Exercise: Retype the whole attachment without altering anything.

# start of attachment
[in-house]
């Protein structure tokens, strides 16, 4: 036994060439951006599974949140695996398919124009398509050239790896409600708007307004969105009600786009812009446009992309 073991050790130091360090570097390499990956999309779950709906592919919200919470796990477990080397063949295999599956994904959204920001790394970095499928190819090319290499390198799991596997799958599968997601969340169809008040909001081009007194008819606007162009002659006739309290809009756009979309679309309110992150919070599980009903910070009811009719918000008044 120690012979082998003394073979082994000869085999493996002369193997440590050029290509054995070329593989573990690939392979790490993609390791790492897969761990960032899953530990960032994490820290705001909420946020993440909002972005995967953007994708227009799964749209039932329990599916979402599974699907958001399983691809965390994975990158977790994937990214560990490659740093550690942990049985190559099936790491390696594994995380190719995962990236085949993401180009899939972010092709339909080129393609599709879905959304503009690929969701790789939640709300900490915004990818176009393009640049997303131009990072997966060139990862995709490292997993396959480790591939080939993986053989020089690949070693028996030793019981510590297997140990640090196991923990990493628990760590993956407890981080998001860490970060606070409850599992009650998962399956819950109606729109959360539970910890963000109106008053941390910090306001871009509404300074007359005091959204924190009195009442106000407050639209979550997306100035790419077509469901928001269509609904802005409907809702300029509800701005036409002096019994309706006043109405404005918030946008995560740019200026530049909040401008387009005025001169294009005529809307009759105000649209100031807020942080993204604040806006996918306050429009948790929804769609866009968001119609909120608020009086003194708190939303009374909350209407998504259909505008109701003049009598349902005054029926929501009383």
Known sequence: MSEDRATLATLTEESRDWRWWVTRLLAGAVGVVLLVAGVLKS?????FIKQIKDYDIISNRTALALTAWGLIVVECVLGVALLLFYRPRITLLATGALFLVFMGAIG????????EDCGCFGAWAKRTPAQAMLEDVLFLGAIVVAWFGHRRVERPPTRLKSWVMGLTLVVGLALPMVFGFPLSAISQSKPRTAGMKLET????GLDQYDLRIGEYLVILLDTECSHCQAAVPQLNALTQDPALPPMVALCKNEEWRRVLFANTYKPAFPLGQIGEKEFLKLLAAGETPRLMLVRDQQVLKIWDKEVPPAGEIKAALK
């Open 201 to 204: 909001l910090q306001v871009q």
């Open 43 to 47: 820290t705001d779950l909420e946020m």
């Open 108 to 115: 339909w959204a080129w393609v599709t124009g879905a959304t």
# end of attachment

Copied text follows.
[in-house]
């Protein structure tokens, strides 16, 4: 036994060439951006599974949140695996398919124009398509050239790896409600708007307004969105009600786009812009446009992309 073991050790130091360090570097390499990956999309779950709906592919919200919470796990477990080397063949295999599956994904959204920001790394970095499928190819090319290499390198799991596997799958599968997601969340169809008040909001081009007194008819606007162009002659006739309290809009756009979309679309309110992150919070599980009903910070009811009719918000008044 120690012979082998003394073979082994000869085999493996002369193997440590050029290509054995070329593989573990690939392979790490993609390791790492897969761990960032899953530990960032994490820290705001909420946020993440909002972005995967953007994708227009799964749209039932329990599916979402599974699907958001399983691809965390994975990158977790994937990214560990490659740093550690942990049985190559099936790491390696594994995380190719995962990236085949993401180009899939972010092709339909080129393609599709879905959304503009690929969701790789939640709300900490915004990818176009393009640049997303131009990072997966060139990862995709490292997993396959480790591939080939993986053989020089690949070693028996030793019981510590297997140990640090196991923990990493628990760590993956407890981080998001860490970060606070409850599992009650998962399956819950109606729109959360539970910890963000109106008053941390910090306001871009509404300074007359005091959204924190009195009442106000407050639209979550997306100035790419077509469901928001269509609904802005409907809702300029509800701005036409002096019994309706006043109405404005918030946008995560740019200026530049909040401008387009005025001169294009005529809307009759105000649209100031807020942080993204604040806006996918306050429009948790929804769609866009968001119609909120608020009086003194708190939303009374909350209407998504259909505008109701003049009598349902005054029926929501009383």
Known sequence: MSEDRATLATLTEESRDWRWWVTRLLAGAVGVVLLVAGVLKS?????FIKQIKDYDIISNRTALALTAWGLIVVECVLGVALLLFYRPRITLLATGALFLVFMGAIG????????EDCGCFGAWAKRTPAQAMLEDVLFLGAIVVAWFGHRRVERPPTRLKSWVMGLTLVVGLALPMVFGFPLSAISQSKPRTAGMKLET????GLDQYDLRIGEYLVILLDTECSHCQAAVPQLNALTQDPALPPMVALCKNEEWRRVLFANTYKPAFPLGQIGEKEFLKLLAAGETPRLMLVRDQQVLKIWDKEVPPAGEIKAALK
């Open 201 to 204: 909001l910090q306001v871009q």
């Open 43 to 47: 820290t705001d779950l909420e946020m």
């Open 108 to 115: 339909w959204a080129w393609v599709t124009g879905a959304t």